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Minn. authorities warn of counterfeit pills containing fentanyl

ST. PAUL -- Minnesota law enforcement officials have issued a warning about pills containing fentanyl, known as "Mexican Oxy," following an apparent fatal overdose linked to the pills. Beth Leann Roulet, 38, was found dead in a Mankato home Tuesd...

Minnesota Department of Public Safety photoA quarter is used to indicate the size of fentanyl pills that concern state law enforcement officials. A woman died of an overdose related to the pills this week in Mankato.
Minnesota Department of Public Safety photo A dime is used to indicate the size of fentanyl pills that concern state law enforcement officials. A woman died of an overdose related to the pills this week in Mankato.

ST. PAUL - Minnesota law enforcement officials have issued a warning about pills containing fentanyl, known as "Mexican Oxy," following an apparent fatal overdose linked to the pills.

Beth Leann Roulet, 38, was found dead in a Mankato home Tuesday of an apparent opioid overdose. Her death is believed to be the first in Minnesota from these pills, according to a news release from the Department of Public Safety.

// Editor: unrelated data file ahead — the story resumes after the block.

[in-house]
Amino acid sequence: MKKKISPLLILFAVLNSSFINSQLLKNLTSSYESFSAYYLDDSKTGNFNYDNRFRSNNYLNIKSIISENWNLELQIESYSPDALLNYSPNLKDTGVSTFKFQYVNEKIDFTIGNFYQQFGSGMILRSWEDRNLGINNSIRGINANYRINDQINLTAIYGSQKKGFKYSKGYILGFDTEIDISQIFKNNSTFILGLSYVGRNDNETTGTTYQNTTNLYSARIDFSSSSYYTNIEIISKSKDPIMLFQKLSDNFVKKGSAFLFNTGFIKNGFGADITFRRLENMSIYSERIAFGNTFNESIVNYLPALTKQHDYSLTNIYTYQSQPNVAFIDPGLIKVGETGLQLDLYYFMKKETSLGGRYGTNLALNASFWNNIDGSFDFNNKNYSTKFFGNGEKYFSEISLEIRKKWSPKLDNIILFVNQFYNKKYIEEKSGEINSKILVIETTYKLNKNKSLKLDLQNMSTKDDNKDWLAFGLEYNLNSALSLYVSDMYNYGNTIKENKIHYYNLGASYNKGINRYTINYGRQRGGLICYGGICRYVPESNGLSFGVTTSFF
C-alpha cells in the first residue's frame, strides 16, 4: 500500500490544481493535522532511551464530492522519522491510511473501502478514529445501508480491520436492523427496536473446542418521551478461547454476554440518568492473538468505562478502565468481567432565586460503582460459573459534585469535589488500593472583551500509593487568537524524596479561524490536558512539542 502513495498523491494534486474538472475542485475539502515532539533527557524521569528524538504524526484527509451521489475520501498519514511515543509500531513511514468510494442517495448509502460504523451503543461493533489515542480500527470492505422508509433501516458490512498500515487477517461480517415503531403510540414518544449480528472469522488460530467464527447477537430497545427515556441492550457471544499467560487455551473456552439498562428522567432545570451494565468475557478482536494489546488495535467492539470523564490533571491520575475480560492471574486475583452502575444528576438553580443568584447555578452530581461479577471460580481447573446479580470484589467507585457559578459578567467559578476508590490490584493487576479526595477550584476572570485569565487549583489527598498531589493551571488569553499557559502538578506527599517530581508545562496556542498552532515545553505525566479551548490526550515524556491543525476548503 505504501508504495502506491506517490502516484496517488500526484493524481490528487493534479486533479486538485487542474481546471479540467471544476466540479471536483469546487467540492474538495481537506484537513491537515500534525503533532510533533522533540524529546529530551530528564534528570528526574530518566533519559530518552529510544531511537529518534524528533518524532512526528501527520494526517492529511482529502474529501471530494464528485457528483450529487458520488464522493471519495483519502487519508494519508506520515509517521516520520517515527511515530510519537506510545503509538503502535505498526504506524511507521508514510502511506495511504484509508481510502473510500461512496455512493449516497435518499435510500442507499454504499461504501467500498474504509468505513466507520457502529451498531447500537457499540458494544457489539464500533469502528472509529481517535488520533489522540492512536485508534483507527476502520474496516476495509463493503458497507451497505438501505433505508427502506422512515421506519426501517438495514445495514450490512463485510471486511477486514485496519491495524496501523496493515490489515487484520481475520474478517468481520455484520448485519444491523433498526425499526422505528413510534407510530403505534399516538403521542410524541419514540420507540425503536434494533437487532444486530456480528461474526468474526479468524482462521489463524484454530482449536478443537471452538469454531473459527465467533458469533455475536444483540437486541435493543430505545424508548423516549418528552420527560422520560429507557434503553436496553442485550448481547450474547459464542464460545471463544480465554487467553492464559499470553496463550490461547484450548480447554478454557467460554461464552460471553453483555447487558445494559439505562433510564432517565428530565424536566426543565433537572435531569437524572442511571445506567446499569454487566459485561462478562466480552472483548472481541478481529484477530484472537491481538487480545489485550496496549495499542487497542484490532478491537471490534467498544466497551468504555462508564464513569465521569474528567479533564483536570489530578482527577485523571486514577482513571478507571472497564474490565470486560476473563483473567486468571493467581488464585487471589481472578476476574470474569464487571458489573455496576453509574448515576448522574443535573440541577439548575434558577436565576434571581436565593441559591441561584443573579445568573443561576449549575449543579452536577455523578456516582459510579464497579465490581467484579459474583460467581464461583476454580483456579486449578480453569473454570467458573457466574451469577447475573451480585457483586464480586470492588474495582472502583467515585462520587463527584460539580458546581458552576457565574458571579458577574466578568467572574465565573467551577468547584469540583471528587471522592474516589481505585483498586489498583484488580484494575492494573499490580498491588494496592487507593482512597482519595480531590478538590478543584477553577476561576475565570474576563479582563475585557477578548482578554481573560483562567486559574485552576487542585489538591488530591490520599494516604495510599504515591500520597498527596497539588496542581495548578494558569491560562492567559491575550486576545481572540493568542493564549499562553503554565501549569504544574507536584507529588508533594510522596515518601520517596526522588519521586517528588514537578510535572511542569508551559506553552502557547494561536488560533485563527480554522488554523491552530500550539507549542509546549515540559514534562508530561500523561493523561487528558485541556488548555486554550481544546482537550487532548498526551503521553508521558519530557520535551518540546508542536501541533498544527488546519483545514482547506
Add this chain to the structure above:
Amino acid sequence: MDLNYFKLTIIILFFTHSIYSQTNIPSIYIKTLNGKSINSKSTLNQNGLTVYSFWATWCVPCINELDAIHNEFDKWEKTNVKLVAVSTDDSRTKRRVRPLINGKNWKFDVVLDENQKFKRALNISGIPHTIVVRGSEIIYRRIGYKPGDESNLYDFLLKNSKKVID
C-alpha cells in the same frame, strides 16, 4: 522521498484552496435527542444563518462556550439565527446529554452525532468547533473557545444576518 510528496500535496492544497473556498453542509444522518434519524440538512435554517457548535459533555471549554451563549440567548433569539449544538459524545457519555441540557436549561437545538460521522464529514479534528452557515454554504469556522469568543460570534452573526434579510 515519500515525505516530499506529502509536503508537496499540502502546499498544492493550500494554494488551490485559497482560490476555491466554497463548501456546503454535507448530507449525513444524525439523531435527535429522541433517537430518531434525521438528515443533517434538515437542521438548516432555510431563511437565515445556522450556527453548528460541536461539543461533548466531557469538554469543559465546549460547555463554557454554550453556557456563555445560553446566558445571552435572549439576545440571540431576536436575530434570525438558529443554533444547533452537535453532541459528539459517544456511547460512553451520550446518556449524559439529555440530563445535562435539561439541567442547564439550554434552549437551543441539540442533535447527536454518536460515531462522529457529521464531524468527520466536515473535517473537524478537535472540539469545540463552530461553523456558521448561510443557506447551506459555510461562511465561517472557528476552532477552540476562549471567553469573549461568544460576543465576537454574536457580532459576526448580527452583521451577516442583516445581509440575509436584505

Investigators with the Minnesota River Valley Drug Task Force discovered small, light-blue colored pills at the scene with the letter "M" on one side and the number 30 on the other.

Minnesota Bureau of Criminal Apprehension scientists have confirmed that the pills are marked as legitimately manufactured oxycodone but actually contain fentanyl.

According to investigators, counterfeit pills like these are believed to originate in Mexico and have been linked to fatal overdoses across the country. They look similar to legitimate pills.

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"Counterfeit opioid drugs are designed to look like the real thing," said Drew Evans, BCA superintendent, in a news release. "Your supplier has no idea which dose would kill you, and neither will you. There is no safe dose."

According to the release, law enforcement is targeting mid-level and high-level drug dealers in an effort to prevent further tragedies.

In 42 years in the newspaper industry, Linda Vanderwerf has worked at several daily newspapers in Minnesota, including the Mesabi Daily News, now called the Mesabi Tribune in Virginia. Previously, she worked for the Las Cruces Sun-News in New Mexico and the Rapid City Journal in the Black Hills of South Dakota. She has been a reporter at the West Central Tribune for nearly 27 years.

Vanderwerf can be reached at email: lvanderwerf@wctrib.com or phone 320-214-4340
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